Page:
Tuesday

18th Feb 2020

EU guilty of Libya migrant 'tragedy', ICC lawsuit says

  • The EU's Mare Nostrum operation was wound up in 2014 (Photo: EUobserver)

EU states' efforts to "deter" migrants from Libya have helped kill more than 14,000 people and exposed 40,000 others to "crimes against humanity", according to a lawsuit filed at the International Criminal Court (ICC) in The Hague.

"'Deterrent effect' - what does it mean? It means [to] sacrifice the lives of some, in this case of many, to change the behaviour of others, to discourage others from doing the same thing," Omar Shatz, one of the co-authors of the lawsuit, told The Guardian, a British newspaper on Monday (3 June).

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  • Migrants were raped, tortured, and forced into slavery in Libya (Photo: © UNICEF/Romenzi)

"[EU officials] pretended that this was a tragedy that nothing could be done against, that they had no role in it. And we demonstrate very carefully that, on the contrary, they triggered this so-called tragedy," Juan Branco, another of the co-authors told the Associated Press news agency.

Shatz is an Israeli jurist who teaches at the Sciences Po university in Paris.

Branco used to work at the ICC and in the French foreign ministry.

The EU's decision to end a sea rescue operation called Mare Nostrum off the coast of Libya led to a gross increase in drownings, their 243-page document, submitted to The Hague also on Monday, alleged.

The operation rescued almost 151,000 people between October 2013 and October 2014.

But the EU replaced it with a different one, called Triton, with much fewer vessels which covered an "area up to 30 nautical miles from the Italian coastline of Lampedusa, leaving around 40 nautical miles of key distress area off the coast of Libya uncovered", the lawyer's document said.

An internal report by the EU's border control agency, Frontex, dated 2 August 2014 and seen by the lawyers, warned that "the withdrawal of naval assets from the area ... would likely result in a higher number of fatalities".

The first subsequent mass drowning occurred in January 2015. The overall death rate increased by 30-fold in the following years.

The EU's policy of returning migrants to Libya, despite the political chaos there, exposed a further 40,000 people to "crimes against humanity" in militia-run camps there between 2016 and 2018, the lawyers' document added.

"European Union officials were fully aware of the treatment of the migrants by the Libyan coastguard and the fact that migrants ... would face immediate detention in detention centres, a form of unlawful imprisonment, in which murder, sexual assault, torture and other crimes were known by the European Union agents and officials to be common," it said.

"In order to stem migration flows from Libya at all costs … and in lieu of operating safe rescue and disembarkation as the law commands, the EU is orchestrating a policy of forced transfer to concentration camp-like detention facilities," it added.

The EU policy constituted the "most lethal and organised attack against civilian population the ICC had jurisdiction over in its entire history," it said.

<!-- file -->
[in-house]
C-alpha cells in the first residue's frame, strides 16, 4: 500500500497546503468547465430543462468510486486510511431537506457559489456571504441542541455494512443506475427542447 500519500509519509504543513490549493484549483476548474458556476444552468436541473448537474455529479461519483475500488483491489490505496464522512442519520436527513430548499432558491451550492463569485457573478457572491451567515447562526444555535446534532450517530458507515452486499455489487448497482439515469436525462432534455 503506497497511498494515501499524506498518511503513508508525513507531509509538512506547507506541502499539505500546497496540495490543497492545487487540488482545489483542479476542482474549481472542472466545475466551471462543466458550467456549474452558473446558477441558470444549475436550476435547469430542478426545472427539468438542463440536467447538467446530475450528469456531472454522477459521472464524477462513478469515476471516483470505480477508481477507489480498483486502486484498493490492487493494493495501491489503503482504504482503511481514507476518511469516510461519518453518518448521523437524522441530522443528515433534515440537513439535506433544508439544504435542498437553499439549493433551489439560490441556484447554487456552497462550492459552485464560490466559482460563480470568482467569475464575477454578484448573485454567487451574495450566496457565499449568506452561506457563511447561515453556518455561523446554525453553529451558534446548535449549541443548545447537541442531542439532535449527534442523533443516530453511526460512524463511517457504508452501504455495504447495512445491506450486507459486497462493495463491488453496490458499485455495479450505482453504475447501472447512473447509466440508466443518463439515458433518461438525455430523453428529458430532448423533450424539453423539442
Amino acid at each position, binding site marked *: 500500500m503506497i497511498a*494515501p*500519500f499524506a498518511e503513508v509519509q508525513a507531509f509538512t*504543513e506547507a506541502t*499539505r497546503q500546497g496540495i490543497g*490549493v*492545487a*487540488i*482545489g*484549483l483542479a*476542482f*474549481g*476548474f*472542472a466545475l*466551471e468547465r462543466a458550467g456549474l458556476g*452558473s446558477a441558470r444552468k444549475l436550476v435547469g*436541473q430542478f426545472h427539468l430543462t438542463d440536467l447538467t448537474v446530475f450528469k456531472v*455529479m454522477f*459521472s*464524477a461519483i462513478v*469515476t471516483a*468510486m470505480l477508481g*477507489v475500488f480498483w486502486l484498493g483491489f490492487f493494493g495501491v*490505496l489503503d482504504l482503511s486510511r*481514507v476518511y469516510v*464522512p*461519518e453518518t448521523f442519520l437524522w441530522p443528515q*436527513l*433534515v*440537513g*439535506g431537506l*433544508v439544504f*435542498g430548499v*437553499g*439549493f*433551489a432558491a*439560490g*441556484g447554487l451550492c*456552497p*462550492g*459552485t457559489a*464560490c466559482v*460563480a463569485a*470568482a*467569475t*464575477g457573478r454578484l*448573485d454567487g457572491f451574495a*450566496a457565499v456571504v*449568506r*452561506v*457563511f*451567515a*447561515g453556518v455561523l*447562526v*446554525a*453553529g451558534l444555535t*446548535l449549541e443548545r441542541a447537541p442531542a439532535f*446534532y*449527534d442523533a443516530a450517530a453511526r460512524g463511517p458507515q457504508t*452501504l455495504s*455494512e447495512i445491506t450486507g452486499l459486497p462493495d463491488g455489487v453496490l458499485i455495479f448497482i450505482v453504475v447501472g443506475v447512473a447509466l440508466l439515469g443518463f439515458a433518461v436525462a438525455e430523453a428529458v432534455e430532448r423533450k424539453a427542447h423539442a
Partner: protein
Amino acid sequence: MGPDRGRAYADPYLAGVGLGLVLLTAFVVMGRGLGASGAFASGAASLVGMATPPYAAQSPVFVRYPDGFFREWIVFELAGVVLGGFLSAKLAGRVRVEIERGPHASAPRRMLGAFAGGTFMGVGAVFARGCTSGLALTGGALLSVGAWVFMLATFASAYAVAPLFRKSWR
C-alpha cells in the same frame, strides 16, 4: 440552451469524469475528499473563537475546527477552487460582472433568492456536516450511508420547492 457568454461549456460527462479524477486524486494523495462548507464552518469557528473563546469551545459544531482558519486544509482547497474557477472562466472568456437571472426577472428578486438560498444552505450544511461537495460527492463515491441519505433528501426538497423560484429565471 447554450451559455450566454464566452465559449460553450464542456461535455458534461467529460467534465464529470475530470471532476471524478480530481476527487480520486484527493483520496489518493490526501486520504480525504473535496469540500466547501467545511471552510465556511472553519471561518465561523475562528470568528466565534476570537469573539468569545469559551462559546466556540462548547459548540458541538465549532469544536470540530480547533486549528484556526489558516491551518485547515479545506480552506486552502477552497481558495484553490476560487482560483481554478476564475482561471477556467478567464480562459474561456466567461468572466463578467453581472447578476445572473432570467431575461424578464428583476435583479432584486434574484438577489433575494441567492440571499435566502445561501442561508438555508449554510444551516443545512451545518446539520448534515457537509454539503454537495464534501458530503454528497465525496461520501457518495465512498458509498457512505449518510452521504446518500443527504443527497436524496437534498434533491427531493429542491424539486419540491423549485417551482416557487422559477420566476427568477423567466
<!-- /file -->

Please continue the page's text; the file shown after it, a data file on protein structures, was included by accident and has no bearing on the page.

"We leave it to the [ICC] prosecutor, if he dares, if she dares, to go into the structures of power and to investigate at the heart of Brussels, of Paris, of Berlin, and Rome and to see by searching in the archives of the meetings of the negotiations who was really behind the scenes trying to push for these policies," Branco told the Associated Press.

Fatou Bensouda, the ICC's chief prosecutor, is already gathering evidence on alleged crimes in Libya, but the court declined to comment on whether it would take up the anti-EU case.

Commission denial

The EU itself dismissed the accusations in a statement by the European Commission, however.

"Our priority has always been and will continue to be protecting lives and ensuring humane and dignified treatment of everyone throughout the migratory routes," it said.

"All our action is based on international and European law," it added.

"The EU's track record on saving lives in the Mediterranean speaks for itself," Natasha Bertaud, a commission spokeswoman, also said, noting that it had rescued 730,000 people since 2015.

Josep Borrell, the Spanish foreign minister, speaking in Morocco the same day, noted that Libya's migrant-holding camps "cannot be referred to as torture detention centres".

"We are trying all means to help Libya provide migrants with the best possible conditions," he added.

A French statement called the ICC lawsuit "senseless".

Migrant arrivals to the EU via the Mediterranean Sea have fallen to just 26,573 so far this year compared to a peak of 1,032,408 in 2015, according to UN figures, but the death rate remains higher than ever amid Italy's refusal to let NGO rescue ships dock at its ports.

Libya aside, EU pressure on Morocco has also seen it stop some 89,000 people from trying to reach Europe last year.

Sudan threat

But escalating tension in Sudan, where the army killed at least nine people at a peaceful protest camp against military rule on Monday, and in Syria, where Russian-backed regime forces continued to bomb rebels in the Idlib region, threaten to increase flows of refugees.

"We are following the evolution of the situation very closely, including regarding today's attacks on civilian protesters, and we call on the Transitional Military Council to act responsibly and respect people's right to express their concerns," the EU said in a statement on Sudan.

"Any decision to intensify the use of force can only derail the political process," it added.

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